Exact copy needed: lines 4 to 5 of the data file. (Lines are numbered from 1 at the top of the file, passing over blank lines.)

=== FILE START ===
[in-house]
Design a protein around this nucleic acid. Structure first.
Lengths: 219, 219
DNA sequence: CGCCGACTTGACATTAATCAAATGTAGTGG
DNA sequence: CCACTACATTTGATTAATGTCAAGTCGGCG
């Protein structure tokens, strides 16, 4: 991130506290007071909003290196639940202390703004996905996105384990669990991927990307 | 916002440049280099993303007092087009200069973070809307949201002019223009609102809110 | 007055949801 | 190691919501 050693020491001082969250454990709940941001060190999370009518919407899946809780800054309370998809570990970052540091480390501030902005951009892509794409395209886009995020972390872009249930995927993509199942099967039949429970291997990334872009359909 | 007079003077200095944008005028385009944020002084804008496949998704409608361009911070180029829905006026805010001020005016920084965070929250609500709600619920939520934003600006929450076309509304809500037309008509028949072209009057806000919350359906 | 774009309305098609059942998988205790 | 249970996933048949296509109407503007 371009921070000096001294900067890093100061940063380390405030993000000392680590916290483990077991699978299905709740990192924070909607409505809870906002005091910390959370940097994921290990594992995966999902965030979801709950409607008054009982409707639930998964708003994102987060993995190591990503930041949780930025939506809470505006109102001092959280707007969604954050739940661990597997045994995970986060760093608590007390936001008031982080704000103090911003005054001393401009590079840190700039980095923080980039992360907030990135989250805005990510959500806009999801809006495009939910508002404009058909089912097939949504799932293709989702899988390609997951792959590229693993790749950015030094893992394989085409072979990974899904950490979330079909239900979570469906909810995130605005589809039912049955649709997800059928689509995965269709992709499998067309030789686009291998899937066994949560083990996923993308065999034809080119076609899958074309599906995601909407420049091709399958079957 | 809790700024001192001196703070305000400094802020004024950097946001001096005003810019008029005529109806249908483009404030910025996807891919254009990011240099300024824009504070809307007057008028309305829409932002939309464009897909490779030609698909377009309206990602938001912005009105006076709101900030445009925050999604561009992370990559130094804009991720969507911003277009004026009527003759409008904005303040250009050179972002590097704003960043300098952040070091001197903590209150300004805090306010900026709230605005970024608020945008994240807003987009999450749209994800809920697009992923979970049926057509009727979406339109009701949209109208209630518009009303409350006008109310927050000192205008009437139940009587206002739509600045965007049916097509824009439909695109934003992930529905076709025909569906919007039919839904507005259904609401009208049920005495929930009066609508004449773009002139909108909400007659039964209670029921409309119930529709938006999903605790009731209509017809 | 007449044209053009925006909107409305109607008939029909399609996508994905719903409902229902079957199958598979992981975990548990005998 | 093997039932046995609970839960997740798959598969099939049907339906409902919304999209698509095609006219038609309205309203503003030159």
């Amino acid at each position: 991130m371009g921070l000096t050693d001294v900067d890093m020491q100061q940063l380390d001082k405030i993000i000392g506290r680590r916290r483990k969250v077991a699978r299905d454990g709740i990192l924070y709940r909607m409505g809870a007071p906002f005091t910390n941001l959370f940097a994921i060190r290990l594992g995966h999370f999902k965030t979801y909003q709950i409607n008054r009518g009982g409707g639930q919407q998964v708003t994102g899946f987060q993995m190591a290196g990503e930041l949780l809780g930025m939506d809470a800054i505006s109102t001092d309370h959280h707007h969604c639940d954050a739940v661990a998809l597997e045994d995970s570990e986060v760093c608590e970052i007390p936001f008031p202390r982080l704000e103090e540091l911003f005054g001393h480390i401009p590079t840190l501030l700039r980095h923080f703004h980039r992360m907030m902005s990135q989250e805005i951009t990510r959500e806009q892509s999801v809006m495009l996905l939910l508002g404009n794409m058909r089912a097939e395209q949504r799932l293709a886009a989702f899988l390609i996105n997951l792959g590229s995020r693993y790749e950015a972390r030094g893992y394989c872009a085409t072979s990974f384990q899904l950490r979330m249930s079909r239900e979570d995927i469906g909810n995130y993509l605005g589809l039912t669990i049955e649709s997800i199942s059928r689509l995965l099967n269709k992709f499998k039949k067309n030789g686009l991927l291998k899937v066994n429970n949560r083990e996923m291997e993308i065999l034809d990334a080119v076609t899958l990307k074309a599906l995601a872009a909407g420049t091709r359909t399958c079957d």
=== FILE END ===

DNA sequence: CGCCGACTTGACATTAATCAAATGTAGTGG
DNA sequence: CCACTACATTTGATTAATGTCAAGTCGGCG